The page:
Sunday, 05 July

“We’re deeply disappointed” and “strongly disagree” with SC’s “confusing” verdict – Mahama

Former President John Mahama

Former President John Mahama has said the National Democratic Congress (NDC) “strongly” disagrees with the “disappointing” verdict of the Supreme Court in the party’s case against the Electoral Commission.

“Earlier today, the Supreme Court of the Republic of Ghana gave its ruling in a case brought by the National Democratic Congress against the Electoral Commission over its decision to compile a new voter register. Despite the well-reasoned reliefs we sought, the apex court of the land gave the leeway for the Electoral Commission to go ahead with the exclusion of the existing voter identification cards from the list of identification requirements”, Mr Mahama said at a late night press conference on Thursday.

“We are deeply disappointed and strongly disagree with the court over this outcome, which has confounded many legal experts and thrown the country into a state of confusion”, he said.

According to him, “Our legal team is examining this decision even as we await the full judgement”. 

The flag bearer of the NDC also said: “It is worrying that the court deferred the reasons for its decisions to the 15th of July, by which time the EC would have been two weeks into the registration exercise”. 

The Supreme Court, in its verdict on Thursday, 25 June 2020, said: “It is hereby ordered that all stakeholders and the Ghanaian eligible voters are directed to comply with Articles 42 and 45 of the Constitution”, as far as carrying out their constitutional mandate in the compilation of a new register of voters is concerned.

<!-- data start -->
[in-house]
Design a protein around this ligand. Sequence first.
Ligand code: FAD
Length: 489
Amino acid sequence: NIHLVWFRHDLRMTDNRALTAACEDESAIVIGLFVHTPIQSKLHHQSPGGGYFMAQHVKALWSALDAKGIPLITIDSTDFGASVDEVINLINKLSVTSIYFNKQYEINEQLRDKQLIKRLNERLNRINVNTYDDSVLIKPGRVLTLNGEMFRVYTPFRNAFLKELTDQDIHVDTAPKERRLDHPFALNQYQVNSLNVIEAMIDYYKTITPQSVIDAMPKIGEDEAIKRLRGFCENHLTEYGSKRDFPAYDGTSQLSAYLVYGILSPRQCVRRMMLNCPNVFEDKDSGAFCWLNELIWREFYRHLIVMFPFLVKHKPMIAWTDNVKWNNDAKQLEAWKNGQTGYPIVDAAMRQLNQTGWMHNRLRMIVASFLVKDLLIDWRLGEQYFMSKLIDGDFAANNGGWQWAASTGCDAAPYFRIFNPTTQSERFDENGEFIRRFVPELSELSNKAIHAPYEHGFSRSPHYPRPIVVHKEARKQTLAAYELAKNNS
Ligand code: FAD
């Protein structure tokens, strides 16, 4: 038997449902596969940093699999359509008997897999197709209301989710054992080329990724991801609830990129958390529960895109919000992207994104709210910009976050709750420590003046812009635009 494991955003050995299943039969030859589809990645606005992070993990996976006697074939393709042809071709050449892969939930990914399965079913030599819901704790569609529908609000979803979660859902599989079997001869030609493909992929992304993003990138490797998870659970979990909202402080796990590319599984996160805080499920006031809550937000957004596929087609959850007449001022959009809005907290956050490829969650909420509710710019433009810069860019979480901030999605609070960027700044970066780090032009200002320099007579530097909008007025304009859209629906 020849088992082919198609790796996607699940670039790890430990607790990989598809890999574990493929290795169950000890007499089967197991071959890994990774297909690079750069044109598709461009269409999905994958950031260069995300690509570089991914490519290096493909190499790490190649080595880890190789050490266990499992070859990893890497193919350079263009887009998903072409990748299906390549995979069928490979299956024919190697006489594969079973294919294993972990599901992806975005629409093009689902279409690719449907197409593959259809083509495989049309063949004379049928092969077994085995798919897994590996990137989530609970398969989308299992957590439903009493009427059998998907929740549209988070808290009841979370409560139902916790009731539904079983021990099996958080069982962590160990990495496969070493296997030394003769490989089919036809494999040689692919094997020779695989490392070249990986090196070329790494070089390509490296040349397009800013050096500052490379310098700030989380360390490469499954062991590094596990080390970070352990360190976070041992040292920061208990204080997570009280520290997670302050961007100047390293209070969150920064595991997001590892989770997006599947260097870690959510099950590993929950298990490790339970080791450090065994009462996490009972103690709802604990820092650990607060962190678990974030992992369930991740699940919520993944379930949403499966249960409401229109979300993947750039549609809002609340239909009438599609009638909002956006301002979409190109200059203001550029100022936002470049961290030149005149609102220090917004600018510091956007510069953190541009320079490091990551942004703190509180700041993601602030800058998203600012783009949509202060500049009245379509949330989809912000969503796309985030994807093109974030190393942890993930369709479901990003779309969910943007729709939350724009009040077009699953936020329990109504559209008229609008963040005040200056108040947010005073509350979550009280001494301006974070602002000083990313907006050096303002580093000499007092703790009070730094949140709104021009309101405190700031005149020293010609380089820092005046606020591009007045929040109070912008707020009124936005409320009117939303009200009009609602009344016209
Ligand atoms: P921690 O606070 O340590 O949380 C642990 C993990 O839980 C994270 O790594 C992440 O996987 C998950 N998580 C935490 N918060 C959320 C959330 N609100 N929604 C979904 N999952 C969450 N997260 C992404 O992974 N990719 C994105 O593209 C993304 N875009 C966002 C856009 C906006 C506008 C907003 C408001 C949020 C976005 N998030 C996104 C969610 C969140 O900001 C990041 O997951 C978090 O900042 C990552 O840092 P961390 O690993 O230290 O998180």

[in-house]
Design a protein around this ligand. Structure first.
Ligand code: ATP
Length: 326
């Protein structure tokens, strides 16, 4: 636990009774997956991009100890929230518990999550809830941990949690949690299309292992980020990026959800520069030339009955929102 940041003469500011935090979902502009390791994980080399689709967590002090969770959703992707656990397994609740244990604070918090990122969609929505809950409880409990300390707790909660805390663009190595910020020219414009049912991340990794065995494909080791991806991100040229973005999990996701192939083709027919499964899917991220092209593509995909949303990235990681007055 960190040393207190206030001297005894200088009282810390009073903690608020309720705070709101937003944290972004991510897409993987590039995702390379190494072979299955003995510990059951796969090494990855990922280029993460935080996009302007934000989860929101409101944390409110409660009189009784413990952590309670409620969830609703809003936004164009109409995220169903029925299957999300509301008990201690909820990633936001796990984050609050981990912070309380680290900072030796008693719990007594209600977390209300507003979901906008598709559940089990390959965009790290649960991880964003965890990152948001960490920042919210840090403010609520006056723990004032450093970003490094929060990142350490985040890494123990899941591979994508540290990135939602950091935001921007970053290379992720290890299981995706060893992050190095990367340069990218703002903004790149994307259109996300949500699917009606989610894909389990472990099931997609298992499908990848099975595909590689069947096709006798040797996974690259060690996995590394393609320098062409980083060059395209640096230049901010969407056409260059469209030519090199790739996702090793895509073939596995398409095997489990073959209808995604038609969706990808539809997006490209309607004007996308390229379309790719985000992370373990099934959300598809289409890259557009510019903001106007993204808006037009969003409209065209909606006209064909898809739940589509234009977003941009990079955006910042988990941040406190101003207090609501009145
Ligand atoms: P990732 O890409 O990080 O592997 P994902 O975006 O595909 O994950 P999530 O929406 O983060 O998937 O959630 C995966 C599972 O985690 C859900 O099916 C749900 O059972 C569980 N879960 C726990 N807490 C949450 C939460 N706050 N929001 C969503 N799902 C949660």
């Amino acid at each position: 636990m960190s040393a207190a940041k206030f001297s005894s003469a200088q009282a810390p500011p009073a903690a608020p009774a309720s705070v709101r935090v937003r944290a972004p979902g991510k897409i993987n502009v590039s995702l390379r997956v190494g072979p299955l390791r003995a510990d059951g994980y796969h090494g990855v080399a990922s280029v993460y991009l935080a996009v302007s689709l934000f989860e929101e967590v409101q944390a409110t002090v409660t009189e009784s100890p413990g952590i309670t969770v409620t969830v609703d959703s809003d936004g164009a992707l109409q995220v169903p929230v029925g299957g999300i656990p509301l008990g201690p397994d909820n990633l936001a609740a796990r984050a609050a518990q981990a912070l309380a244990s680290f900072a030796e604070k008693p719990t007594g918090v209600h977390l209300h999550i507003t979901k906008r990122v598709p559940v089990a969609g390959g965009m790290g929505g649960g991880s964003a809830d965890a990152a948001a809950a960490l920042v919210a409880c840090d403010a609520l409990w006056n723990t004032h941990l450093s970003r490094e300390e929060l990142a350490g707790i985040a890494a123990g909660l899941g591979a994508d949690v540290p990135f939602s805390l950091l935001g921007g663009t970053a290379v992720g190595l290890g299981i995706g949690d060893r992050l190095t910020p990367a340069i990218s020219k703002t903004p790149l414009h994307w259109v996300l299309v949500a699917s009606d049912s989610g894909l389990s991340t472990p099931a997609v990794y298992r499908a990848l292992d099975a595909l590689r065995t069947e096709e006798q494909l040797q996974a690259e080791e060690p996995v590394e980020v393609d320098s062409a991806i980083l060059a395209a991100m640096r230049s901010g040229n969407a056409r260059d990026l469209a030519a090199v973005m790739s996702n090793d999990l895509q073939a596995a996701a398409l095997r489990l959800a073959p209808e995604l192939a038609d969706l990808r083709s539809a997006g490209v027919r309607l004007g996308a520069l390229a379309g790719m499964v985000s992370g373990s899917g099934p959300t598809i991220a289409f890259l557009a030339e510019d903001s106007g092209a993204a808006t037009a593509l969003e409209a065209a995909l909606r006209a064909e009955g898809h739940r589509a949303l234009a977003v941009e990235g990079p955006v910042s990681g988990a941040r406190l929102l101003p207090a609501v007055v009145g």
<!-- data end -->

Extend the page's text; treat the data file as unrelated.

Per Article 42, “Every citizen of Ghana of 18 years of age or above and of sound mind has the right to vote and is entitled to be registered as a voter for the purposes of public elections and referenda.”

Article 45 defines the EC’s mandate as follows: “The Electoral Commission shall have the following functions. (a) to compile the register of voters and revise it at such periods as may be determined by law; (b) to demarcate the electoral boundaries for national and local government elections; (c) to conduct and supervise all public elections and referenda; (d) to educate the people on the electoral process and its purpose; (e) to undertake programmes for the expansion of the registration of voters; and (f) to perform such other functions as may be prescribed by law”.

The apex court’s decision is, thus, a rejection of the prayer by the opposition National Democratic Congress (NDC) and private citizen Mark Takyi-Banson, for the court to compel the election management body to include the existing voter card as a breeder document for the compilation of a new voter roll apart from the Ghana card and passport.

The verdict of the highest court of the land also puts a stop to all other suits concerning the matter.

The MP Ashaiman, Mr Ernest Norgbey, recently filed a similar suit against the EC at the High Court.